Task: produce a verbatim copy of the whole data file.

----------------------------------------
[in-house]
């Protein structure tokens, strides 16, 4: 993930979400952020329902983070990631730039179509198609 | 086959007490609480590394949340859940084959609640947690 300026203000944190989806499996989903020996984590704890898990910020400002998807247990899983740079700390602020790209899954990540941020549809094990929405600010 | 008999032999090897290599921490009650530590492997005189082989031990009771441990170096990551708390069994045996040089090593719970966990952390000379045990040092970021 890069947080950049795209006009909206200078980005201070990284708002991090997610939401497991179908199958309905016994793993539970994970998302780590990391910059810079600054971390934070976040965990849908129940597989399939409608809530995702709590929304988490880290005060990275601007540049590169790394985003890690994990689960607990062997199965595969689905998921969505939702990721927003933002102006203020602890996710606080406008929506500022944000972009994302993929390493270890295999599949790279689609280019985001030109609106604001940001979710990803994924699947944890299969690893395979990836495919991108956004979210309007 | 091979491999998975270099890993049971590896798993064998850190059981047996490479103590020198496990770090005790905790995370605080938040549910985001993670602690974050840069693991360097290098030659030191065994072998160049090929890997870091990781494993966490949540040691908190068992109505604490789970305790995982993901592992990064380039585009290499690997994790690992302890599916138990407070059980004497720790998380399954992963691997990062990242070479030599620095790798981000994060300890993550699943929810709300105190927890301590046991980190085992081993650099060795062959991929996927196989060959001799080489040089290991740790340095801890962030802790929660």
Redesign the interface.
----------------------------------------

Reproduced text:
[in-house]
């Protein structure tokens, strides 16, 4: 993930979400952020329902983070990631730039179509198609 | 086959007490609480590394949340859940084959609640947690 300026203000944190989806499996989903020996984590704890898990910020400002998807247990899983740079700390602020790209899954990540941020549809094990929405600010 | 008999032999090897290599921490009650530590492997005189082989031990009771441990170096990551708390069994045996040089090593719970966990952390000379045990040092970021 890069947080950049795209006009909206200078980005201070990284708002991090997610939401497991179908199958309905016994793993539970994970998302780590990391910059810079600054971390934070976040965990849908129940597989399939409608809530995702709590929304988490880290005060990275601007540049590169790394985003890690994990689960607990062997199965595969689905998921969505939702990721927003933002102006203020602890996710606080406008929506500022944000972009994302993929390493270890295999599949790279689609280019985001030109609106604001940001979710990803994924699947944890299969690893395979990836495919991108956004979210309007 | 091979491999998975270099890993049971590896798993064998850190059981047996490479103590020198496990770090005790905790995370605080938040549910985001993670602690974050840069693991360097290098030659030191065994072998160049090929890997870091990781494993966490949540040691908190068992109505604490789970305790995982993901592992990064380039585009290499690997994790690992302890599916138990407070059980004497720790998380399954992963691997990062990242070479030599620095790798981000994060300890993550699943929810709300105190927890301590046991980190085992081993650099060795062959991929996927196989060959001799080489040089290991740790340095801890962030802790929660």
Redesign the interface.